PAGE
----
Indonesia received an encouraging 30% support from the business executives for its potentiality in multinational investments for corporations, as it continues to develop its IP laws and enforcement strategies, what with the recent cases of IP protection gaining limelight in the world forums.
Surprisingly, countries like Thailand and the Philippines that have recently portrayed positive development in the protection and enforcement of IP, ranked rather low as Asia’s least preferred investment destinations for international corporations. Thailand was ranked fifth with 28% of responses from the executives whilst the Philippines ranked sixth with only 15% of the responses.
As the above survey results serve as a guide to improve efforts and initiatives for strengthening national IP laws in the South East Asian region, it has to be said that Thailand does indeed have the greatest task of all. This is because the United States intended to place Thailand on its special IP Watch List for being the Asian country that has yet to ease the persistent and continuing IP piracy issues in the essential five commercial industries including music and movies, clothes, pharmaceuticals, cable television and books. Should such placement in the US IP Watch List be implemented, there is the risk that Thailand’s various export products to the US will be affected commercially due to piracy concerns.
As for Vietnam and its growing investment market, the European Union and the United States have stepped up to assist the nation in combating piracy, by eradicating imitation goods with assistance from local customs officers, economic policemen and market managers. One of the first initiatives taken in combating piracy was a recent training workshop held by the EC-ASEAN Intellectual Property Rights Co-operation Programme, the US Patent and Trademark Office (USPTO) and the General Department of Customs of Vietnam. Support and participation on piracy issues in discussions at the workshop came from right holders of well-renowned trademarks in Vietnam, including L’Oreal, Nokia, Givenchy, Kenzo, Cisco Systems, Tag Heuer, Nike, Guerlain, Gedeon Richter, Scotch Whisky Association, Christian Dior, Ambro and Unilever and others. The five-day event seminar was to educate Vietnamese authoritative officials concerned on the ill-menaces of counterfeiting and piracy, with the primary aim of providing them with comprehensive training on adequate and sophisticated counter measures and knowledge on methods for enforcement of IP rights and the ongoing fight against fake and imitation goods.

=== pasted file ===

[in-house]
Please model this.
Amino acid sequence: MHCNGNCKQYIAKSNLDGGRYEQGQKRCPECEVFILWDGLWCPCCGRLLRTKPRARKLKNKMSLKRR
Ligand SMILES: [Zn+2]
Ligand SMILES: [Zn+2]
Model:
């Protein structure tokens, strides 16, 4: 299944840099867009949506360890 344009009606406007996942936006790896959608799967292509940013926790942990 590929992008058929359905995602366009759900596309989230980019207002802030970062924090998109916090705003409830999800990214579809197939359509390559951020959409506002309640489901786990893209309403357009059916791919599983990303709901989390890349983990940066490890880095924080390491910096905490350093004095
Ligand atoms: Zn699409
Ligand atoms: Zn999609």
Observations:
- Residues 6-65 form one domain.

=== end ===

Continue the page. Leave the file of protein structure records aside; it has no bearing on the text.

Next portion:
Furthermore, under a tripartite co-operation program, right holders of trademarks of Vietnamese origin will be assisted in protecting IP rights. The European Union also plans to organize around 30 activities in Vietnam this year to boost co-operation in combating fake and imitation commodities. All of these programs strongly indicate that Vietnam is addressing international business concerns over IP rights protection in view of future investments.
All in all, these developments can be viewed as a positive step in the light of the Asia Intellectual Property Right Action Plan 2004-2010 initiated by its member countries who have since recognized that IP and IP rights creation, commercialization and protection have assumed an increasingly and unprecedented influence on business, social, economic and technological communities of nations across the world. As the overall positive developments and programs to further boost IP awareness and protection in the region take place, this initiative will definitely transform ASEAN collectively into an innovative and competitive region in trade.